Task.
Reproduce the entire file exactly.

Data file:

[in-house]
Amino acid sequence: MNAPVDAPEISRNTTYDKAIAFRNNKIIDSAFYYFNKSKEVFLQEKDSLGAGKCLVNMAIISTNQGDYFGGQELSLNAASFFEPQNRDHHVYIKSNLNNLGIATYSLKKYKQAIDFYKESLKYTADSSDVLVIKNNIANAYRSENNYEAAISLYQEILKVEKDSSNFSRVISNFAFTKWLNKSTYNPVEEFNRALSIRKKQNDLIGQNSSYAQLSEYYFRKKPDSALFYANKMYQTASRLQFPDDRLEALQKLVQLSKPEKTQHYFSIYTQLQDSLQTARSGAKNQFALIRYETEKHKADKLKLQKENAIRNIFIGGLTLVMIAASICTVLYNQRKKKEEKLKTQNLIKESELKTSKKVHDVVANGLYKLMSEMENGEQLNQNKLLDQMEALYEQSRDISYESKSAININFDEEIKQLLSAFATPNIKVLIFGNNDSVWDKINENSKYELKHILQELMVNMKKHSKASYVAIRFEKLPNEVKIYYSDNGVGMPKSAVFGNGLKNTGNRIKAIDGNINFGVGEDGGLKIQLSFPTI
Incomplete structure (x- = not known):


[in-house]
Amino acid sequence: MNAPVDAPEISRNTTYDKAIAFRNNKIIDSAFYYFNKSKEVFLQEKDSLGAGKCLVNMAIISTNQGDYFGGQELSLNAASFFEPQNRDHHVYIKSNLNNLGIATYSLKKYKQAIDFYKESLKYTADSSDVLVIKNNIANAYRSENNYEAAISLYQEILKVEKDSSNFSRVISNFAFTKWLNKSTYNPVEEFNRALSIRKKQNDLIGQNSSYAQLSEYYFRKKPDSALFYANKMYQTASRLQFPDDRLEALQKLVQLSKPEKTQHYFSIYTQLQDSLQTARSGAKNQFALIRYETEKHKADKLKLQKENAIRNIFIGGLTLVMIAASICTVLYNQRKKKEEKLKTQNLIKESELKTSKKVHDVVANGLYKLMSEMENGEQLNQNKLLDQMEALYEQSRDISYESKSAININFDEEIKQLLSAFATPNIKVLIFGNNDSVWDKINENSKYELKHILQELMVNMKKHSKASYVAIRFEKLPNEVKIYYSDNGVGMPKSAVFGNGLKNTGNRIKAIDGNINFGVGEDGGLKIQLSFPTI
Incomplete structure (x- = not known):